So you’re going to Hawaii. You’ve already read the guide books and decided on the popular attractions you’ll visit but what about those little-known, out-of-the-way spots the locals love? Since we often remember the flavors of our travels almost as much as the sights, just what are the favorite native hangouts and the tastes we’ll want to savor? Here are our recommendations for the best-loved local eats in Hawaii:
In the small town of Kahului on Maui you’ll find a local creamery that serves up a closely guarded family recipe you won’t want to miss. This combination ice cream-yogurt-shaved ice blend known as guri guri is a local favorite found nowhere else on the planet except here at the Tasaka Shop. This tiny hole-in-the-wall has been scooping up the sweet treat for nearly a century and it’s a must when in Hawaii.
The Hilo Farmer’s Market
Named by Huffington Post as one of the top ten farmers markets, the Hilo market is a treat for any food-lover. From local produce and regional coffee blends to fresh flowers and artisanal food vendors, there is a bounty of fresh options being served up by the more than 200 local farmers and craftsmen. Drop by every Wednesday or Saturday from 6 am until 4 pm, and, if you’re lucky, you might also catch a live set from one of the area’s local musical talents.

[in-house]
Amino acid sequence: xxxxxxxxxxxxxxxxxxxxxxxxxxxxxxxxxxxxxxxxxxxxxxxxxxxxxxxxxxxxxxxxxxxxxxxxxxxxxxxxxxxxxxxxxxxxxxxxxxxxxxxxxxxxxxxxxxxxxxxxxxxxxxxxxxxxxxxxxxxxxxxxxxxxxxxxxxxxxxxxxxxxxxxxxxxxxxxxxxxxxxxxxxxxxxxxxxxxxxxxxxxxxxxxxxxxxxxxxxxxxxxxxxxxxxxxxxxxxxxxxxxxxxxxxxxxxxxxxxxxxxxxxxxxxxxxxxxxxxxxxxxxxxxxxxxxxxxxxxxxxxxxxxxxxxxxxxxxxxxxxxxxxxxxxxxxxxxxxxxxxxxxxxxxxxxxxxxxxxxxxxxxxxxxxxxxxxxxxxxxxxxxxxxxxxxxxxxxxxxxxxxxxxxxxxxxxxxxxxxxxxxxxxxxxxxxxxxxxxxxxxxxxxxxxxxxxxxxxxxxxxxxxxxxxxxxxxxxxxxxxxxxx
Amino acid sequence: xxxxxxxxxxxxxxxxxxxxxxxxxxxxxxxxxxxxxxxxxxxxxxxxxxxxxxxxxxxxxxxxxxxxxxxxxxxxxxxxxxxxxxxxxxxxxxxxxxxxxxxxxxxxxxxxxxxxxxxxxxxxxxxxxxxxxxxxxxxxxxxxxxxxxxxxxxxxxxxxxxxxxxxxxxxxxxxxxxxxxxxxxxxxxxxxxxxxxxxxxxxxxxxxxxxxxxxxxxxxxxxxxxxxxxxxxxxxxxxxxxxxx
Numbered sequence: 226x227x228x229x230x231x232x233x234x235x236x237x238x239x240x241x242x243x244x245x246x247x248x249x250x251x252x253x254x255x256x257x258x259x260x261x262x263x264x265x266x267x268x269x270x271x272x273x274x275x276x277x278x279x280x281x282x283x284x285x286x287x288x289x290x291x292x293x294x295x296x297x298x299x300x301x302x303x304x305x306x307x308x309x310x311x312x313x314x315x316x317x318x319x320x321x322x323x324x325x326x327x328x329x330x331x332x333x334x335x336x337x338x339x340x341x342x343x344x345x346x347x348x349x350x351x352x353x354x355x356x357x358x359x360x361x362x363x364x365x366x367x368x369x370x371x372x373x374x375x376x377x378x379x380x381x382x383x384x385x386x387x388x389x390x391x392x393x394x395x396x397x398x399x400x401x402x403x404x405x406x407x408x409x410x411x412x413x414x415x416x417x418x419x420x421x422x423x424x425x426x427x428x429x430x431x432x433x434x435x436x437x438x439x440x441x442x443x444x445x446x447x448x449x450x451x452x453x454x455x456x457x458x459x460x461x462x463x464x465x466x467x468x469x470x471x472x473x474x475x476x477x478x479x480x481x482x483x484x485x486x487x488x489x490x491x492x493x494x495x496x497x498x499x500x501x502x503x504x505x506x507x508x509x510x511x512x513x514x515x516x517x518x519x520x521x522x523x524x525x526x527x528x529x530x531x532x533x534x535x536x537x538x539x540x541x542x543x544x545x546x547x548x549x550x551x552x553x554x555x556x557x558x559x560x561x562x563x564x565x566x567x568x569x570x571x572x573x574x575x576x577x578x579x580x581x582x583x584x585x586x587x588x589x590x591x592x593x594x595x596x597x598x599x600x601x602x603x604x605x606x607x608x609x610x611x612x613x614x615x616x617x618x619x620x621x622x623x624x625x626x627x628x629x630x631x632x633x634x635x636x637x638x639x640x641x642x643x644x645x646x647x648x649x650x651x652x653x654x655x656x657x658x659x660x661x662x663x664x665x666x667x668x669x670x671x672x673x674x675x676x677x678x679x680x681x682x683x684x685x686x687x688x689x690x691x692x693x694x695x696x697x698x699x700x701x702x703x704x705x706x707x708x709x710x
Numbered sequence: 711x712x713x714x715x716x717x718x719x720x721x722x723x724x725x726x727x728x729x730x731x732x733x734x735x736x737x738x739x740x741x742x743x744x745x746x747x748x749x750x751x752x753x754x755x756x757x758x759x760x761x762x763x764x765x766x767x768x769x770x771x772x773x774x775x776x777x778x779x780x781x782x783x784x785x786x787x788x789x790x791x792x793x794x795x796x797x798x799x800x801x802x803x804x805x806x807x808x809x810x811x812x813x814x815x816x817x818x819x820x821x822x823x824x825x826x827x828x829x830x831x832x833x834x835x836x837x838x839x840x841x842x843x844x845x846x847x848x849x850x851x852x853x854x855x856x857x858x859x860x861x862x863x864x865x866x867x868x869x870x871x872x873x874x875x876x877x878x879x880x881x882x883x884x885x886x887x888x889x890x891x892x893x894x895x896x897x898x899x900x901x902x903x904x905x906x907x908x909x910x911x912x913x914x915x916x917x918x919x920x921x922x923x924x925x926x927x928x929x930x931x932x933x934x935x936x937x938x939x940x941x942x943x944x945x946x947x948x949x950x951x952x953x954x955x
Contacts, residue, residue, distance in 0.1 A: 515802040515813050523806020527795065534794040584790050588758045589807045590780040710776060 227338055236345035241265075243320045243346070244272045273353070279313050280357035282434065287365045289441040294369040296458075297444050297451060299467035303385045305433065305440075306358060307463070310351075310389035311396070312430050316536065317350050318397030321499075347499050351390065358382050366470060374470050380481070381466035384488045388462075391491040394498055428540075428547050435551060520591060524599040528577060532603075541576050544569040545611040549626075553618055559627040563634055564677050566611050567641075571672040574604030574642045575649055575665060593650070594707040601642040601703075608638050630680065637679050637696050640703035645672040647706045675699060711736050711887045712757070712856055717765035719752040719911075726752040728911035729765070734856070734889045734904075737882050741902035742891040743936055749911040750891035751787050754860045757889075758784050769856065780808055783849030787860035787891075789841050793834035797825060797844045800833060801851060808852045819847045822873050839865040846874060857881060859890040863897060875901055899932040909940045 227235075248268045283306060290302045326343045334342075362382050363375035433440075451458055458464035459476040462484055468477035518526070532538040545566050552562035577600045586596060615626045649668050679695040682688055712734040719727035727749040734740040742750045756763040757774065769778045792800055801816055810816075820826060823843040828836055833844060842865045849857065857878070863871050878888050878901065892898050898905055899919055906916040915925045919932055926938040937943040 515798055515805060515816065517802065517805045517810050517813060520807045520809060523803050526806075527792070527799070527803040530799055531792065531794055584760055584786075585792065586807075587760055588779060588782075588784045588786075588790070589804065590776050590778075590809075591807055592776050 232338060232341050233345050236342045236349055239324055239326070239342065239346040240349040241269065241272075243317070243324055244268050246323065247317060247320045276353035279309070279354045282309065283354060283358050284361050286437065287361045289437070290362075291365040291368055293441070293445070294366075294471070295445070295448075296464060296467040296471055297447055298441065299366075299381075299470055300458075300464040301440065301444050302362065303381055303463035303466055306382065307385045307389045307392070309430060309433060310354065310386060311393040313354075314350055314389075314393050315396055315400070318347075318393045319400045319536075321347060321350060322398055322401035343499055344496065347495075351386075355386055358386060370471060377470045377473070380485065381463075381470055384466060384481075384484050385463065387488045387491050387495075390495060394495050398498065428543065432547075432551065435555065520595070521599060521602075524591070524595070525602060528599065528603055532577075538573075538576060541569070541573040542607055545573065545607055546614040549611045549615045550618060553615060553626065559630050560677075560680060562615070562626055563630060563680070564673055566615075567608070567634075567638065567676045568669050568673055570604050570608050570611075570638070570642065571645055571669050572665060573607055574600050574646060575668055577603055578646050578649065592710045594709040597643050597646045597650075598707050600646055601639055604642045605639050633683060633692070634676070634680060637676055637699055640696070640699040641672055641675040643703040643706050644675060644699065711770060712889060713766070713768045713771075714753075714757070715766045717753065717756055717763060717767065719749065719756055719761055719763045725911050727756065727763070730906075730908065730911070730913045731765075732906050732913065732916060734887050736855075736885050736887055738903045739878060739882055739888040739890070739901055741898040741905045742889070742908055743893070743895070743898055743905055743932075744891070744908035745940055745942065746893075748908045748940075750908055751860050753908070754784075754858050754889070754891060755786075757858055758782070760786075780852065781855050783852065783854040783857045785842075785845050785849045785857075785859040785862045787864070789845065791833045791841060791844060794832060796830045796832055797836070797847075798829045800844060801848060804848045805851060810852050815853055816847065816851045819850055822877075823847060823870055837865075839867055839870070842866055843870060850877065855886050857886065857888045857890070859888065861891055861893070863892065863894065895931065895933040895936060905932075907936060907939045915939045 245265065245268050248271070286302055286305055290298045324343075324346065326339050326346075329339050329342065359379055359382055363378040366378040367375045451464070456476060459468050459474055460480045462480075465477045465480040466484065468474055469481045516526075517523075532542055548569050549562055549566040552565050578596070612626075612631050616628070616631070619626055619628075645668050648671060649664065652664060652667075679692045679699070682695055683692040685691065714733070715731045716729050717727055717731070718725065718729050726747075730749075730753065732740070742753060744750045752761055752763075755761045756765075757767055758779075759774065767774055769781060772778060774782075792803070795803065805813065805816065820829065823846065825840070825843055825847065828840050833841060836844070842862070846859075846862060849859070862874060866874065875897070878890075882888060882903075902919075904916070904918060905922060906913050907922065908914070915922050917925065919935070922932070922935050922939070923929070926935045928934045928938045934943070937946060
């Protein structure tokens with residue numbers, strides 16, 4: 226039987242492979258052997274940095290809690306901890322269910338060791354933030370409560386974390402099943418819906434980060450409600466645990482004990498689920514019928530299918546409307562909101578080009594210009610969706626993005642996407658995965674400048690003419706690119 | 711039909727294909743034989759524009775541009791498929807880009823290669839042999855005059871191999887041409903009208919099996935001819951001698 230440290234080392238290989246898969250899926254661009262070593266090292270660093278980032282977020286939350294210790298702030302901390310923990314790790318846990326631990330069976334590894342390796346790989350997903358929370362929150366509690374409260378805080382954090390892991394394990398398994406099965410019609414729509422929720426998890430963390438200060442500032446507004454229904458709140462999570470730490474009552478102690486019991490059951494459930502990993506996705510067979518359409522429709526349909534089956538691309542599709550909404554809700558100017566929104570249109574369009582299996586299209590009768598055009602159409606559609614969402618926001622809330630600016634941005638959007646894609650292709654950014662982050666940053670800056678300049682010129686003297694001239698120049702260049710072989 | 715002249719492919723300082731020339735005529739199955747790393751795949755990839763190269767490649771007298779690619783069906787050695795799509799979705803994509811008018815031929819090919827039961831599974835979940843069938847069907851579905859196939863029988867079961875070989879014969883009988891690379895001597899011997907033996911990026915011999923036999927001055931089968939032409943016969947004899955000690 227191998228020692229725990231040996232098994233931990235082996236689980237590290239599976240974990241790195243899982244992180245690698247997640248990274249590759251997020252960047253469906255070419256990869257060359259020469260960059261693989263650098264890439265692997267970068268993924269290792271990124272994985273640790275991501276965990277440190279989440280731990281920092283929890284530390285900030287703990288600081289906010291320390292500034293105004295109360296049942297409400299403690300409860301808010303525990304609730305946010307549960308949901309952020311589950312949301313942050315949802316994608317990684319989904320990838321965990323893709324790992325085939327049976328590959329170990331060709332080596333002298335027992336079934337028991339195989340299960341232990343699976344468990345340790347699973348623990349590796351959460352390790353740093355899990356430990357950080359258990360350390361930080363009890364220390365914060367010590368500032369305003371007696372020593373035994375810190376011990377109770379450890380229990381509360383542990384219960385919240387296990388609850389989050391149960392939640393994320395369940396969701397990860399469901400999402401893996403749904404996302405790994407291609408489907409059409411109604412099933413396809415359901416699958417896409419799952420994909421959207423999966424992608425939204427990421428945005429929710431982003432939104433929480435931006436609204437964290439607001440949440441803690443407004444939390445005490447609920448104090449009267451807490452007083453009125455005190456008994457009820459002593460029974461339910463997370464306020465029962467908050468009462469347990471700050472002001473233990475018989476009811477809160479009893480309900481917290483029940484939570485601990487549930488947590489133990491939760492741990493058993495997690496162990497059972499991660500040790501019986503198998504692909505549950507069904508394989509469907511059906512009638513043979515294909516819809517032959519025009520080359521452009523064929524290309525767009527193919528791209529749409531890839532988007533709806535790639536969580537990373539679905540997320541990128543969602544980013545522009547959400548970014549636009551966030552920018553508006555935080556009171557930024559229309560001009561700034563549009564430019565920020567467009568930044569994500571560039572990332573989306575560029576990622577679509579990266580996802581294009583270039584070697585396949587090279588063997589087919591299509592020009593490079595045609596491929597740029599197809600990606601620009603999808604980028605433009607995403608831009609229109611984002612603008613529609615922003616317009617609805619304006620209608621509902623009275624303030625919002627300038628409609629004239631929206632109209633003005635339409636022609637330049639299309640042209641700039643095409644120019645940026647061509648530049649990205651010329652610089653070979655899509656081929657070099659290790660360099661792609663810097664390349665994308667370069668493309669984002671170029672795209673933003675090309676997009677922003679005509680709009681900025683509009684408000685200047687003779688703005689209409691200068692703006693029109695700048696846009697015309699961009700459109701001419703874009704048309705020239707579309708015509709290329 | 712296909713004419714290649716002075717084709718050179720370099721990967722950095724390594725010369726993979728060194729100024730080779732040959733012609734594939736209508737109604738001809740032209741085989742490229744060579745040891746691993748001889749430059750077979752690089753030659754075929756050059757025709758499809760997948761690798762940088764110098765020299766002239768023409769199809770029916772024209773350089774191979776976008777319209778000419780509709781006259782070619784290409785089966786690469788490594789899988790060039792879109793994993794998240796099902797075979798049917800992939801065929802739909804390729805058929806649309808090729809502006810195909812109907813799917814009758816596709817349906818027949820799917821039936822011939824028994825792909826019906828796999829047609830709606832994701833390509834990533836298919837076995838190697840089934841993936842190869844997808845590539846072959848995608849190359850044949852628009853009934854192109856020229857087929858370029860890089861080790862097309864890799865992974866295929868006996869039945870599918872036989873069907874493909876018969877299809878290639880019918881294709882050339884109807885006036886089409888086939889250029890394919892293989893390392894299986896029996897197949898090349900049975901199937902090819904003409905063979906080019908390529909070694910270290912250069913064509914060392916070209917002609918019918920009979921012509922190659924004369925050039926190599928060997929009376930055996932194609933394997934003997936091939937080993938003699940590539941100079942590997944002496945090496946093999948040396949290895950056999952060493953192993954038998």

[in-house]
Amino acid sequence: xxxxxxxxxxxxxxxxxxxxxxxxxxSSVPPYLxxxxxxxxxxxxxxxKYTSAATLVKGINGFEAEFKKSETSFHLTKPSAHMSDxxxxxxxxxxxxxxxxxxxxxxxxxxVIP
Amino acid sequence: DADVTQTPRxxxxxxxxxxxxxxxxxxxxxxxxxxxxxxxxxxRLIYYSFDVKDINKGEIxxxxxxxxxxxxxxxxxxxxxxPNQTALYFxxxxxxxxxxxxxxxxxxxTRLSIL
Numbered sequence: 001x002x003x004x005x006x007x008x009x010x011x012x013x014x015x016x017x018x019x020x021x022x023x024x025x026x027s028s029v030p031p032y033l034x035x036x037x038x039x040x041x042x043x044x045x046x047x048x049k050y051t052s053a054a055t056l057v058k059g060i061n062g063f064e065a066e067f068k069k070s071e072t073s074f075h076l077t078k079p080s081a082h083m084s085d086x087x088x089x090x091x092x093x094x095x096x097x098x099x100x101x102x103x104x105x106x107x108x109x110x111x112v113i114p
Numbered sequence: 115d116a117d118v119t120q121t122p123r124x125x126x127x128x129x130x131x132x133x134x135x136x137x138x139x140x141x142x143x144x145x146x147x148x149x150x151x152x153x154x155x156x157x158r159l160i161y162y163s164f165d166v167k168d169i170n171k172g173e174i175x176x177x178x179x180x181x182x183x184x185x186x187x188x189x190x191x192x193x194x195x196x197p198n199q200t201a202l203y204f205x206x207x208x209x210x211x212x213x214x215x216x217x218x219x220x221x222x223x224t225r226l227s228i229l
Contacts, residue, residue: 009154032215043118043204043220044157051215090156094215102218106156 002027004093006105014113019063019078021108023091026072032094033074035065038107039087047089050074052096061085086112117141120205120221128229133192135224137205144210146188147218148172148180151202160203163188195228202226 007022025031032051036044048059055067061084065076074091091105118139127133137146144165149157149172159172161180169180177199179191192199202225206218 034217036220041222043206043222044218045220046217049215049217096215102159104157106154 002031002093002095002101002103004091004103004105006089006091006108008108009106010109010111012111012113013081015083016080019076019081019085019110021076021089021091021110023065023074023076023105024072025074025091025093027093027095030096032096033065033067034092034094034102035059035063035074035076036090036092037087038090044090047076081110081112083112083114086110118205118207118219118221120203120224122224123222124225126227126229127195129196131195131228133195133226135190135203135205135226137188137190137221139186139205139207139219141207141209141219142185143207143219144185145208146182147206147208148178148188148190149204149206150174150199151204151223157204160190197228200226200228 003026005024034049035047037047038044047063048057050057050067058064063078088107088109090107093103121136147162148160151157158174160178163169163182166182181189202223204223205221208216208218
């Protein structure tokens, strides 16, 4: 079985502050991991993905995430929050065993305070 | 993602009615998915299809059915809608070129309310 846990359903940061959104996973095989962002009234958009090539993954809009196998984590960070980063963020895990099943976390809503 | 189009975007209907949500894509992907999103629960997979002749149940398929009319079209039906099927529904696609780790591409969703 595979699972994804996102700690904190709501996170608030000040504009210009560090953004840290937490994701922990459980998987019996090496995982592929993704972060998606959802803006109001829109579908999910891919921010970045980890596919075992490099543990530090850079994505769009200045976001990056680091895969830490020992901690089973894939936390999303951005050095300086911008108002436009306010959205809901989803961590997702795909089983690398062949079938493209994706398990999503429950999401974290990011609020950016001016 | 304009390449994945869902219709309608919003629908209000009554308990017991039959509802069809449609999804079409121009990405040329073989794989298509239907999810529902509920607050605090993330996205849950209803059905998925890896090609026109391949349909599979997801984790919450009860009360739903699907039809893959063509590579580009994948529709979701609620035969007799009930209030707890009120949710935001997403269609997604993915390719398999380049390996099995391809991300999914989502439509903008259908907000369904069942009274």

Also known as lunch wagons, food trucks have been part of the Oahu culinary scene for decades. Everyone from businessmen to surfers line up daily for the freshest specialties and some of the most unique and flavorful local recipes.
Introduced during World War II when fresh food imports were hard to come by, Spam is surprisingly one of the Hawaii’s most popular snacks. Often served atop musubi rice cakes, it is fried and then wrapped in seaweed for the perfect afternoon treat. It’s so prolific that more than five million cans are sold in the islands each year, more than anywhere else in the world.
While it may seem a bit touristy, the traditional luau also features some of the most authentic Hawaiian flavors. Front and center is the Aloha State Kalua pig, a culinary masterpiece. Cooked in an underground oven known as an imu, the pork is slow roasted until it is tender and delightfully smoky in flavor -- similar to pulled pork in the states.
Travelers will have plenty of time to explore all of Hawaii’s historic, cultural and agricultural sites on YMT Vacations Hawaii Four-Island Tour. To learn more about this 13-day journey, or to make your reservations to join us, call your travel agent or 1-888-756-9072.